Self-Efficacy, coined by Albert Bandura is a person's belief in his or her ability to complete a future task or solve a future problem. For example, if a person believes he is a brilliant scientist and can complete any scientific experiment, he has a high self-efficacy in science because he believes in his competency to perform a future experiment. Whether it is true that he is brilliant in science or not doesn't really matter. It only matters what he believes.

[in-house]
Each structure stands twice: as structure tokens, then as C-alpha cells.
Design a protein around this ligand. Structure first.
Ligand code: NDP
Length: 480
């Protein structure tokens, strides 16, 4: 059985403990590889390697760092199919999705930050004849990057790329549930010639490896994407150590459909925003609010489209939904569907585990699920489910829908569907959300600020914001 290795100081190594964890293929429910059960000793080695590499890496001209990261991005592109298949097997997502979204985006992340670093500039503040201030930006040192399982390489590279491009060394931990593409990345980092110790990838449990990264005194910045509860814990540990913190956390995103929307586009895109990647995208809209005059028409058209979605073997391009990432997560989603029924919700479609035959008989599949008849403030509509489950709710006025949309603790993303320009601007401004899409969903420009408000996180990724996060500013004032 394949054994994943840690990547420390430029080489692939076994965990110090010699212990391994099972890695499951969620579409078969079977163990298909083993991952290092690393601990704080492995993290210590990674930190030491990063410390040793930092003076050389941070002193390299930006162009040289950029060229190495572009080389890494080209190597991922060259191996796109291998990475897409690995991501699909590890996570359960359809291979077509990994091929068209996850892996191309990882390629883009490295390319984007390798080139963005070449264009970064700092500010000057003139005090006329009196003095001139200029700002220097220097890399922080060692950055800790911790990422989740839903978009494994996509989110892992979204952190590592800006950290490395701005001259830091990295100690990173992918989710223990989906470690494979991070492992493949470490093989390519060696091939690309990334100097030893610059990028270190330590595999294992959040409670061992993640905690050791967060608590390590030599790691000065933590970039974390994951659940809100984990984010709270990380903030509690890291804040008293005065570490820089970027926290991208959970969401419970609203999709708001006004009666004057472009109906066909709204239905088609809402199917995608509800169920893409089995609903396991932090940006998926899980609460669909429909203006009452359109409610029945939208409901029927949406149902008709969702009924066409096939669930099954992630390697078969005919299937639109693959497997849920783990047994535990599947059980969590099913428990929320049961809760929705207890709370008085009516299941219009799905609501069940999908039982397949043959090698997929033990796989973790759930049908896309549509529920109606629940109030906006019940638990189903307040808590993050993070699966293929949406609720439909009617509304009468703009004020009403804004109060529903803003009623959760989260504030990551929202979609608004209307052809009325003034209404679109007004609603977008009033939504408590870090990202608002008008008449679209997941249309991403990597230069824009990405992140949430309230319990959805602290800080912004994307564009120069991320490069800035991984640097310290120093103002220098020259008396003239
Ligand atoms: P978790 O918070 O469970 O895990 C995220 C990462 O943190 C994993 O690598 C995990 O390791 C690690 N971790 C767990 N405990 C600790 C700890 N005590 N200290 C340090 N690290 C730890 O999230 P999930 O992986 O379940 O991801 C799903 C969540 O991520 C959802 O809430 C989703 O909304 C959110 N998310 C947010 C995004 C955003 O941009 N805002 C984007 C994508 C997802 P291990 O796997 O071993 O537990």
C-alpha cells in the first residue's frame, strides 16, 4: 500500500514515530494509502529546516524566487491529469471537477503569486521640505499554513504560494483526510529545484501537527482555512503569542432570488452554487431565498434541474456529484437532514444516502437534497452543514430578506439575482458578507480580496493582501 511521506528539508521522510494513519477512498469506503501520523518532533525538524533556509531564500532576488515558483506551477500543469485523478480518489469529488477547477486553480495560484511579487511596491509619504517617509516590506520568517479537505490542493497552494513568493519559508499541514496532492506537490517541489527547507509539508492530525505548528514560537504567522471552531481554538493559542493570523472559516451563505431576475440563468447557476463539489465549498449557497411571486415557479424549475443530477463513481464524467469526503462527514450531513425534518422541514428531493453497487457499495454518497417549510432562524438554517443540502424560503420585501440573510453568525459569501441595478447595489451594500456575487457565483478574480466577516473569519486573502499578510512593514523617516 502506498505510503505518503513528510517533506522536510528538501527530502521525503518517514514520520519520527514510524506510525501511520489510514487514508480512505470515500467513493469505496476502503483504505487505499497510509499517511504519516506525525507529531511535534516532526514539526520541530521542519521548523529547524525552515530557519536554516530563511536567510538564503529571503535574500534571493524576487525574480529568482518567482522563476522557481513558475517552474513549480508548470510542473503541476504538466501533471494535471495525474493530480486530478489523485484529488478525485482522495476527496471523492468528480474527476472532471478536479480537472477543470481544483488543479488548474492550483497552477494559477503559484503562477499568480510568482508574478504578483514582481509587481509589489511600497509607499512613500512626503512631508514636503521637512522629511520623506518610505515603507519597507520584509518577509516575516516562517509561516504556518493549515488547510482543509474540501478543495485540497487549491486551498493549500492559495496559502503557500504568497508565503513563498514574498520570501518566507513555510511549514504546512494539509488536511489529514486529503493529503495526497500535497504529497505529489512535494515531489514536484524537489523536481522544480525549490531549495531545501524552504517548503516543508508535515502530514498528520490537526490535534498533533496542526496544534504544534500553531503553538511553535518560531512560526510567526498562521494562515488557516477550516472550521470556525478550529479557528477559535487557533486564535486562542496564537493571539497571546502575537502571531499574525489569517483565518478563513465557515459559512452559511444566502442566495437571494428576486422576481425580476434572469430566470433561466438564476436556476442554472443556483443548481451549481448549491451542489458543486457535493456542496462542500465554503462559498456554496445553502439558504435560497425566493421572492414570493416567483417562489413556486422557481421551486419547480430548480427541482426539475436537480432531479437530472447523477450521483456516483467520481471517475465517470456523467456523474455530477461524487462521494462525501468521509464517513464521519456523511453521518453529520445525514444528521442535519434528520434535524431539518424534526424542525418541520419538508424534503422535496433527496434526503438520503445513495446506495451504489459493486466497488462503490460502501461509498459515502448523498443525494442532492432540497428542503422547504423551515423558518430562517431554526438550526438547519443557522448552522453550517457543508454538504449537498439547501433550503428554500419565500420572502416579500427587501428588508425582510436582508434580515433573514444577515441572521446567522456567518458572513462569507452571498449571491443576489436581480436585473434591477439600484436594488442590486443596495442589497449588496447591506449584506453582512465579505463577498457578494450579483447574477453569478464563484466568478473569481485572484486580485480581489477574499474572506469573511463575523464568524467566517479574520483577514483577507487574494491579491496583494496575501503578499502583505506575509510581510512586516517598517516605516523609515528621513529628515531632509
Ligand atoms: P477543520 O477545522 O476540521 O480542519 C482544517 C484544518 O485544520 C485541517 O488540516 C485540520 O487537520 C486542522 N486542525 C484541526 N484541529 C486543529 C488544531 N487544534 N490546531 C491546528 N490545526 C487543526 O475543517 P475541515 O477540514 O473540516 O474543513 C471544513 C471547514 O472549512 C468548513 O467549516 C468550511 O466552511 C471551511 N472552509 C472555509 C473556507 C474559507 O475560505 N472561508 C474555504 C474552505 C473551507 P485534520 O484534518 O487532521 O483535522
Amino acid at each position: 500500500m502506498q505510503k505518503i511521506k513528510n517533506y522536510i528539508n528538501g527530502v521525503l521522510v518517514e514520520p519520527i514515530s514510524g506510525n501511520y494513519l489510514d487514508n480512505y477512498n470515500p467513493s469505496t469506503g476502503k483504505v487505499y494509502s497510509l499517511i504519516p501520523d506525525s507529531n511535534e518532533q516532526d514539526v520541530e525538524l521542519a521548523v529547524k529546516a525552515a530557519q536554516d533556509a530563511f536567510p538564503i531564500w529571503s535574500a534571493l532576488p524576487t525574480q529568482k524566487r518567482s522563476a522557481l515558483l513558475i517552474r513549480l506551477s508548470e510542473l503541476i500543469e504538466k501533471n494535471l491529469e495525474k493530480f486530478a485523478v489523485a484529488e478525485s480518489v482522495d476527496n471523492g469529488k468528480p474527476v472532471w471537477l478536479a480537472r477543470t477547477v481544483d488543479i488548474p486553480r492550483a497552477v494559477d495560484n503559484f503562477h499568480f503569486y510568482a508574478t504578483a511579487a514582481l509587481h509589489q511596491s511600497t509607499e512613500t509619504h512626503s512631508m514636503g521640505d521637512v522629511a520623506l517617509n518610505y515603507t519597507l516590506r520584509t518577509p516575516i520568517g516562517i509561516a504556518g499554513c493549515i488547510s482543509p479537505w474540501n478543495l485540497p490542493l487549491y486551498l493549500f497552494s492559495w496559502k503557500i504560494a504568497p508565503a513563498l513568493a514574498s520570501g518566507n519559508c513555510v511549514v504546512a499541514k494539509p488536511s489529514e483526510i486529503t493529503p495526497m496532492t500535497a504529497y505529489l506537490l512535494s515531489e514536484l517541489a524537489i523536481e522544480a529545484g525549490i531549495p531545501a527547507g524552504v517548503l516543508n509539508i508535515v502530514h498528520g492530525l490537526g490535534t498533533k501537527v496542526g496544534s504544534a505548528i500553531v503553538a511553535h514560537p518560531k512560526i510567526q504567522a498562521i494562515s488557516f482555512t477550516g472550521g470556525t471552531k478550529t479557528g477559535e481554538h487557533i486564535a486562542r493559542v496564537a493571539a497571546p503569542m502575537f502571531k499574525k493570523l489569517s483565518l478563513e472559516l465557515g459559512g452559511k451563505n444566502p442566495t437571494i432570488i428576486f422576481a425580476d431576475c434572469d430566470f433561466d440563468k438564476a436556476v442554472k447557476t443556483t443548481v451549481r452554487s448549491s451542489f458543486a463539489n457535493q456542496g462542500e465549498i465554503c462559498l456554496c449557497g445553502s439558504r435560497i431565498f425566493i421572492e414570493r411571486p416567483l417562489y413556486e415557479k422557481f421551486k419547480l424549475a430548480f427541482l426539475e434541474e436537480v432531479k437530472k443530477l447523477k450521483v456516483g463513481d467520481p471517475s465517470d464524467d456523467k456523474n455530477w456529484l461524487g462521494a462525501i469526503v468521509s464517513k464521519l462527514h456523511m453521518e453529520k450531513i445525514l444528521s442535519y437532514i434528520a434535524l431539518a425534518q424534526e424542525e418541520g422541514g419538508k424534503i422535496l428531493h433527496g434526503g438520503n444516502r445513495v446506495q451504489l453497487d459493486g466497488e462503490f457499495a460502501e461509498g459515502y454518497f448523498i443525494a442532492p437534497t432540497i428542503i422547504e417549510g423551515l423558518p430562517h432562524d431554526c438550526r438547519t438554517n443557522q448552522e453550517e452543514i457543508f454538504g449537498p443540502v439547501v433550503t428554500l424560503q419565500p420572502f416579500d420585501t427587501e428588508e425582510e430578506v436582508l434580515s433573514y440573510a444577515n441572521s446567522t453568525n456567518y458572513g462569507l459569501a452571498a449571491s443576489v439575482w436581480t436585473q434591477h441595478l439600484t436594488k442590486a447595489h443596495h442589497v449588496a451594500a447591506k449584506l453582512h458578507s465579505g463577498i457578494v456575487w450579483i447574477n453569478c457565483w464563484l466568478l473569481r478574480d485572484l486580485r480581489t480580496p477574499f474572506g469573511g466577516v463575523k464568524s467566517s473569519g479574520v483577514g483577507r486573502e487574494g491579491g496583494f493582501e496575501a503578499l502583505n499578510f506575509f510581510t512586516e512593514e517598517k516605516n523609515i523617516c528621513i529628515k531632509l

Self-Efficacy can also influence your goals, actions, and successes (or failures) in life. If your self-efficacy in an area is much lower than your ability, you will never challenge yourself or improve. If your self-efficacy in an area is much higher than your ability, you will set goals that are too high, fail, and possibly quit. The ideal self-efficacy is slightly above a person's ability: high enough to be challenging while still being realistic.